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Bollinger Bands is a very useful technical analysis tool developed by John Bollinger in 1980s. The purpose of Bollinger Bands is to provide a relative definition of high and low. Bollinger Bands consist of a center line (a simple moving average) and two price bands above and below of the center line, these bands will expand when the price of an asset or a market instrument becomes volatile and contract when the pair trades in a tight range.
These price channels are the standard deviations of the moving average (the middle band), now this standard deviation is a mathematical formula that measures volatility, which means it shows how the stock price can vary from its true value. The top line, TL, is the same as the middle line a certain number of standard deviations (D) higher than the ML. The bottom line (BL) is the middle line shifted down by the same number of standard deviations.
It is recommended to use 20-period Simple Moving Average as the middle line, and plot top and bottom lines two standard deviations away from it. Besides, moving averages of less than 10 periods are of little effect.
It is best if we use Bollinger Bands with other indicators to see if there is confirmation. In particular, the use of an oscillator like Bollinger Bands will often be coupled with a non-oscillator indicator like chart patterns or a trendline. If these indicators confirm the recommendation of the Bollinger Bands, then we will have greater evidence that what the bands forecast is correct.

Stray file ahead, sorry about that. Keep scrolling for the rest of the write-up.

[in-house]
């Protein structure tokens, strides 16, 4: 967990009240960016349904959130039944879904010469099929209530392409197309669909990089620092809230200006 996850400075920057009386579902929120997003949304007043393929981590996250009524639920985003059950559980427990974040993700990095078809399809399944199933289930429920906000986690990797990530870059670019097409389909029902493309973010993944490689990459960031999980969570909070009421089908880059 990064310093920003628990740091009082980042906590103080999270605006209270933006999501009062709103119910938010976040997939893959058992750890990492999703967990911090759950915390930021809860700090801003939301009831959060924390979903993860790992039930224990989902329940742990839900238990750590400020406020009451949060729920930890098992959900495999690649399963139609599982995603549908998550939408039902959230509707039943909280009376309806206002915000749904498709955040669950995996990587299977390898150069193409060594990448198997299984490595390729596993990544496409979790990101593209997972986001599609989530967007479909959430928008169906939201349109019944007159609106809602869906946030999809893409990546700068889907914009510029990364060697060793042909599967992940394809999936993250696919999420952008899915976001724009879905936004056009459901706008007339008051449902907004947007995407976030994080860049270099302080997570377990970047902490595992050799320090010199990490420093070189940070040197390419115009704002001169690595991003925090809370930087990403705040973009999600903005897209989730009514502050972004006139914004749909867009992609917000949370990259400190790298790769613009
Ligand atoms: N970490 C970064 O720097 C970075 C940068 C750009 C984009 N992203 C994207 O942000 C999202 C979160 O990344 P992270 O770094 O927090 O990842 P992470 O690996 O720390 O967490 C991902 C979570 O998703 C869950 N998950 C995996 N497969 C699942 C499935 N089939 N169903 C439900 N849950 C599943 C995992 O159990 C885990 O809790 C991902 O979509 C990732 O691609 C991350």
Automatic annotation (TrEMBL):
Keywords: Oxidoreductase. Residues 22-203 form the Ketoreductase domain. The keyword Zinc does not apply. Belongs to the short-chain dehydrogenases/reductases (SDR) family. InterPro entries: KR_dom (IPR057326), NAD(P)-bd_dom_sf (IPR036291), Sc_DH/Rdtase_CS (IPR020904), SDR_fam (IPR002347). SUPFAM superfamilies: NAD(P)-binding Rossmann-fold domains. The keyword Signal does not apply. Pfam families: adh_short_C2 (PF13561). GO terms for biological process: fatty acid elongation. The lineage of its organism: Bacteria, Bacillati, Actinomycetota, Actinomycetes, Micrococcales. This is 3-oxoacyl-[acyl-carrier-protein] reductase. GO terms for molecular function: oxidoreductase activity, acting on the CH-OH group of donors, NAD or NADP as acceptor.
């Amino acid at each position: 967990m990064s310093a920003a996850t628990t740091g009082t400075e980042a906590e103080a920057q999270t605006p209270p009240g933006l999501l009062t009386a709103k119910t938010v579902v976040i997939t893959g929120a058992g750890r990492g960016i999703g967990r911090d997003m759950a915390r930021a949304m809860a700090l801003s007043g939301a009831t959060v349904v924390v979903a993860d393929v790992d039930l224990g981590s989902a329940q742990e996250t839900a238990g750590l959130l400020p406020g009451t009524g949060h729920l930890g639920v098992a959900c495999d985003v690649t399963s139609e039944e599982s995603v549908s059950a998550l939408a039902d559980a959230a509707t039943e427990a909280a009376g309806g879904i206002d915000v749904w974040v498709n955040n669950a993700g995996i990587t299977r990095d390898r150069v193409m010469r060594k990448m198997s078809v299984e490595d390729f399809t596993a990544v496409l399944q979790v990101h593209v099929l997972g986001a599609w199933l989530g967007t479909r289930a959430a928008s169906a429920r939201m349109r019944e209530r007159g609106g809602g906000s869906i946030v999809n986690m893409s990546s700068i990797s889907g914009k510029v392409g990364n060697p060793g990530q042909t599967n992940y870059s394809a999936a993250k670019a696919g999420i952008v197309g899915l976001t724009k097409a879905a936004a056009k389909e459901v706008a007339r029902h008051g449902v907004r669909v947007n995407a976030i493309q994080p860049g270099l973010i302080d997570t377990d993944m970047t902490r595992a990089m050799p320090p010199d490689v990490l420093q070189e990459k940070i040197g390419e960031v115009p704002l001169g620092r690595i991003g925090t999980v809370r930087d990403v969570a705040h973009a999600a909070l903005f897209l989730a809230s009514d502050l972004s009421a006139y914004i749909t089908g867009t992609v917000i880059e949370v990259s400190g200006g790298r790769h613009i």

Other way of using Bollinger Bands is to buy when price touches the lower Bollinger Bands and exit when price touches the moving average in the center of the bands or we can buy when price breaks above the upper Bollinger Bands and sell when price falls below the lower Bollinger Bands.
As such, they can be used to determine if prices are relatively high or low. Technically, prices are relatively high when above the upper band and relatively low when below the lower band. However, relatively high should not be regarded as bearish or as a sell signal. Likewise, relatively low should not be considered bullish or as a buy signal. Prices are high or low for a reason.